Austrian Wines

Free tasting | Friday, January 12, 2018 | 5-7PM


Tomorrow we’re exploring wines from Austria, and if you love wine that expresses a sense of place, particularly a mountainous Alpine retreat, this tasting is for you! Alike to Germany, Austria is not just all about white wine, but has astounding red wines too, including wines from the unique red grapes of Blaufränkisch and St. Laurent. We live for weird wines like Blaufränkisch and St. Laurent, and you’ll get to try unique expressions of them tomorrow.

Most wine in Austria comes from the eastern side of the country by Vienna. Grüner Veltliner is the quintessential wine of Austria, comprising of 31% of total acreage, and is by far one of the best white wines to pair with ANY foods, thanks to the its naturally occurring compound: Rotundone. (Grüner Veltliner’s naturally high levels of Rotundone are up to 17 times the average person’s sensory threshold, even more than Syrah! Read more here!)

There was a time where Austrian wines’ reputation suffered due to the ‘antifreeze’ scandal in 1985, however, Austria responded by drafting some of the strictest wine laws in Europe and quickly refocused on quality. In a very short time, Austria has earned a renewed reputation as one of the top winemaking nations of the world. (Wine nerd fact: Austrian wine law defines three levels of quality: Wein, Landwein, and Qualitätswein. For more information, read here!)

NV Tinhof Sparkiling Rose, Eisenstadt – Burgenland, $27
100% Blaufränkisch. Eleventh generation winemaker, Erwin Tinhof studied viticulture and oenology at the University of Montpellier and trained at the great Mas de Daumas Gassac. He now has 14 hectares of vineyards in Eisenstadt, located in the north of Burgenland, and converted to all organics in 2008 and became certified in 2012. Erwin carefully dry-farms the estate, and there is no use of insecticides, herbicides or artificial fertilizers. After hand-harvesting the grapes, the wines are all made with minimal intervention in the cellar. This sparkling Blaufränkisch is dry with aromas of strawberry fields forever.

2016 Tinhof Bio Blanc – Burgenland, $23
From 55-year-old vines, this full-bodied blend of Grüner Veltliner and Riesling has ripe tropical aromas like pineapple and floral aromas of jasmine. An easy drinking white, with notes of white pepper, green peas, lime, and lemon. Tinhof Bio Blanc is the ultimate food-pairing white for all winter fare.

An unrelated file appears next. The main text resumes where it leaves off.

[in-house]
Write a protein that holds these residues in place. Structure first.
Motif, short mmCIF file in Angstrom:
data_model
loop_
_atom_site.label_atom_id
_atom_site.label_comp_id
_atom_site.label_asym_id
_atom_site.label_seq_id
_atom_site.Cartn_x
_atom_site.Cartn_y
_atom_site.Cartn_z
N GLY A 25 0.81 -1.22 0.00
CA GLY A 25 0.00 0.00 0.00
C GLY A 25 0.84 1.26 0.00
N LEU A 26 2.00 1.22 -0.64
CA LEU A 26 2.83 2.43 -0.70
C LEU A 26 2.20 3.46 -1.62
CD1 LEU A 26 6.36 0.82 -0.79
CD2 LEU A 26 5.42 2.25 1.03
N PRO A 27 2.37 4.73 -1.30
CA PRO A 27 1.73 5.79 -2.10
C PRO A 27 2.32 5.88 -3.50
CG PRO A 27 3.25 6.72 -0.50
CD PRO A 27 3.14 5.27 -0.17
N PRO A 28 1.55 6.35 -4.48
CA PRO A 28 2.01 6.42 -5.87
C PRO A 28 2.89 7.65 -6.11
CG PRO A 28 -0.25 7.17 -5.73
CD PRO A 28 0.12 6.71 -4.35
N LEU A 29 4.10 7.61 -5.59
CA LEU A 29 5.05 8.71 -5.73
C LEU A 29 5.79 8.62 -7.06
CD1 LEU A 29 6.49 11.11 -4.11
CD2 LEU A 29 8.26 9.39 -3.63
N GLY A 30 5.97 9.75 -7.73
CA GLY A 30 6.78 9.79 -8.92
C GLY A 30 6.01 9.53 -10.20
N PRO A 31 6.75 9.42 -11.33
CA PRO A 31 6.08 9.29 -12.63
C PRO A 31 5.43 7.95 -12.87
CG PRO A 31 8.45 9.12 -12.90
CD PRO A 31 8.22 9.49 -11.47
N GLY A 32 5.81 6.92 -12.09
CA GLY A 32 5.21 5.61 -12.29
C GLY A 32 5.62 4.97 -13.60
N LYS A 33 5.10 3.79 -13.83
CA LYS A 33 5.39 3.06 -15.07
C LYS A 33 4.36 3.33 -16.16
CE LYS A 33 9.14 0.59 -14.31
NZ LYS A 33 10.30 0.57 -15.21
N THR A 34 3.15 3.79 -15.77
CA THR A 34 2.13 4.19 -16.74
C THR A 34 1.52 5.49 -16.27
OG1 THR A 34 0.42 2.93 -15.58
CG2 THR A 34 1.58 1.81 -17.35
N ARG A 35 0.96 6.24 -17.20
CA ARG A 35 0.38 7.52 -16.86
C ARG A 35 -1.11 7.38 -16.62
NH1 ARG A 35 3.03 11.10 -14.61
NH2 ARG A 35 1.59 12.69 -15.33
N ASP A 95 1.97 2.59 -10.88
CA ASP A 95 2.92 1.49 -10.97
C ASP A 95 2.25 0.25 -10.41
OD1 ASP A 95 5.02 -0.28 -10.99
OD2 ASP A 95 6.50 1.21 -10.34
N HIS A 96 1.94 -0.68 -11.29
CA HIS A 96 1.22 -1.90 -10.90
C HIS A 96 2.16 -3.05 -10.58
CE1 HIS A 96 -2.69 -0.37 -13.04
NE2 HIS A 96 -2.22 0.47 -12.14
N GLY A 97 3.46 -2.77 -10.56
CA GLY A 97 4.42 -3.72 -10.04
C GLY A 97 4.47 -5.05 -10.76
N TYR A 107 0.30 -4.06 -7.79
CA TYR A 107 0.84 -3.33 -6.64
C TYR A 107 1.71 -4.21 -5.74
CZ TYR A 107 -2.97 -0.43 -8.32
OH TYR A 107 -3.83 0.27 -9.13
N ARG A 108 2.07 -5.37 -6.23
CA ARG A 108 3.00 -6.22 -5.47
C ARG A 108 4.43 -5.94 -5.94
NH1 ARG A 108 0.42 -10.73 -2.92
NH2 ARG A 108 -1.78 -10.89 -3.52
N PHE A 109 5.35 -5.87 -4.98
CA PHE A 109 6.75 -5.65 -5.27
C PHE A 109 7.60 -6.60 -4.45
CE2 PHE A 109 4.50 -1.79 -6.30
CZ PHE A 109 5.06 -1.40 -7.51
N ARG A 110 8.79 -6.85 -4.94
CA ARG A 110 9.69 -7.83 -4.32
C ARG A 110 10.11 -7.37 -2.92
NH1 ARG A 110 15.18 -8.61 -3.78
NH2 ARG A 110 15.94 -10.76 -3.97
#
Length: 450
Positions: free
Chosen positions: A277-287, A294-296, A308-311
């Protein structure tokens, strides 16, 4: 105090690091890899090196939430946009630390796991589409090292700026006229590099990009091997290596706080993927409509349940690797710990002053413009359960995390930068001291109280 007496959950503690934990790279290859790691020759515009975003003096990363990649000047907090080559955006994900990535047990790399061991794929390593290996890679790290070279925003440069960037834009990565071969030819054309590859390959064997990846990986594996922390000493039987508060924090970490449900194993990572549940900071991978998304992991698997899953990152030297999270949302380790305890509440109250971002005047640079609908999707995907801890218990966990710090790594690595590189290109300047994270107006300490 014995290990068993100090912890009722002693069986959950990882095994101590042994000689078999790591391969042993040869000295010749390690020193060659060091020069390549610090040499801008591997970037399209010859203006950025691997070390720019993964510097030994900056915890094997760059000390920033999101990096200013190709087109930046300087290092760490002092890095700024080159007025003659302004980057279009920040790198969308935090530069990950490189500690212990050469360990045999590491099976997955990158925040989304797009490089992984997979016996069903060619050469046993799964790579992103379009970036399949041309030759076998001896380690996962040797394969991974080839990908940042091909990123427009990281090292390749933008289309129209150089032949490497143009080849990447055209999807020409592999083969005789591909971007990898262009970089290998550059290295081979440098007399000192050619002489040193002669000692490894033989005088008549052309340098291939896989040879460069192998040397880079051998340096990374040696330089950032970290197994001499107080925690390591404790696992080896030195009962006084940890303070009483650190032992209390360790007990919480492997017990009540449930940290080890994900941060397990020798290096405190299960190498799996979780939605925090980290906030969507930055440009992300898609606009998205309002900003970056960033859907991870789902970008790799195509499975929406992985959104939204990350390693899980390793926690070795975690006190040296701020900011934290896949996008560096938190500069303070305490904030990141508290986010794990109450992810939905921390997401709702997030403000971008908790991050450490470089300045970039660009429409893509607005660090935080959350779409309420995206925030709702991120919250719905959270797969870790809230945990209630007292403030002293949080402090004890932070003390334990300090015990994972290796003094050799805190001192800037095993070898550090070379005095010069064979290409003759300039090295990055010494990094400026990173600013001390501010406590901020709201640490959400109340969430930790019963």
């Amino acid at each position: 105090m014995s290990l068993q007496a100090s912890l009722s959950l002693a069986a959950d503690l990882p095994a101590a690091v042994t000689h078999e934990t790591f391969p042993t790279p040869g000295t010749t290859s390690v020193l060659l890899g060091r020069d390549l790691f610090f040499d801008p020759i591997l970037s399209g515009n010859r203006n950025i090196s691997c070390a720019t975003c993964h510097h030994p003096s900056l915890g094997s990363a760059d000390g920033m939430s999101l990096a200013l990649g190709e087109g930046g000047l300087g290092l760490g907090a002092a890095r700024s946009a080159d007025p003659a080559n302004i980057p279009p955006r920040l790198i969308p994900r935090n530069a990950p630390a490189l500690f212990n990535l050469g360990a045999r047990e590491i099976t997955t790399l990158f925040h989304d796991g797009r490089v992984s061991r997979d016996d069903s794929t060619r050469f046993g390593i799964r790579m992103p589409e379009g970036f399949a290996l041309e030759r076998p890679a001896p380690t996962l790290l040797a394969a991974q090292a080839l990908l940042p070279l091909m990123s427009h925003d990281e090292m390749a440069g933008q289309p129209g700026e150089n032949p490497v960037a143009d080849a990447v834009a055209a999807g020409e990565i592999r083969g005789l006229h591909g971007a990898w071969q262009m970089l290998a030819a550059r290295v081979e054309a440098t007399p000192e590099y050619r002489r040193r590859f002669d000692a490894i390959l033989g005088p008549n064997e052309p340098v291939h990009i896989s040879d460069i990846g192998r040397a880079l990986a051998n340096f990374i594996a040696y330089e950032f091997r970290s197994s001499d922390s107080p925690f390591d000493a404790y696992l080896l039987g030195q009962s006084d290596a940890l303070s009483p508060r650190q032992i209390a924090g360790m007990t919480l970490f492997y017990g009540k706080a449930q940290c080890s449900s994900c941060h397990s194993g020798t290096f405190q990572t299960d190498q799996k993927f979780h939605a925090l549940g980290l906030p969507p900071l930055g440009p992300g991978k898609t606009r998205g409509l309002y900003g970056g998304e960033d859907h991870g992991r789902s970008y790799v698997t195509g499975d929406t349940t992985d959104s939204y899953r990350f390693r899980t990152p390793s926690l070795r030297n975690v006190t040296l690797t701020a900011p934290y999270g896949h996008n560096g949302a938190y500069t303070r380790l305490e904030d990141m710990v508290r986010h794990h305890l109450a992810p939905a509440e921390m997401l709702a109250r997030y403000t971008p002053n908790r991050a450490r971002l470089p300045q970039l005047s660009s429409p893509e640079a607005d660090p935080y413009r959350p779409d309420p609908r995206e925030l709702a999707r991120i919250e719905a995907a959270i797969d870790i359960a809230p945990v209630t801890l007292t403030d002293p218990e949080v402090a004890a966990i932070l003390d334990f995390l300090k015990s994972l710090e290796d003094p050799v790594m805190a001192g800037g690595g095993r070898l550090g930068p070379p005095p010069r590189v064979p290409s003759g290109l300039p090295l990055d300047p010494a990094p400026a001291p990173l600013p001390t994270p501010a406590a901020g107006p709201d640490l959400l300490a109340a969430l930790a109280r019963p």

2012 Johanneshof, Spiegel Zierfandler – Niederösterreich, $26
Zierfandler is a white wine, however, it is also referred to as Spätrot, which means "late-red" due to the tendency of the grape skins to take on a reddish tinge the longer they hang on the vine. There are less than 100 hectares devoted to the grape in the Thermenregion appellation of Austria. On the palate, the wine is on the fuller, creamier side with fairly high acidity. It’s dry with flavors of apples, pears, citrus, almonds, and honeysuckle flowers with a bit of a bitter mandarin peel finish. Definitely unique and super special.

2014 Netzl, Carnuntum Cuvée Red Blend – Niederösterreich, $22
Christina Netzl is one of Austria's top young winemakers specializing in the Zweigelt grape in the eastern Carnuntum region. In the Carnuntum Cuvée, 40% Zweigelt pumps out bright red fruit, 40% Blaufränkisch gives intensity and structure, and 20% Merlot adds richness and spice. It has rich aromas of blueberries and white pepper, and is aged for 16 months in used oak casks.

2012 Wimmer-Czerny, St. Laurent – Niederösterreich, $26
A distant relative of Pinot Noir, St. Laurent is a grape popular in the Czech Republic and also thrives in the Wagram region between Kremstal and Vienna in northeastern Austria. Wimmer-Czerny is a 250-year-old, 40-acre Biodynamic winery that makes balanced, handmade wine with minimal intervention. Think of Pinot Noir and take it up a notch in the cherry, earth, and bramble berry and plummy notes. 

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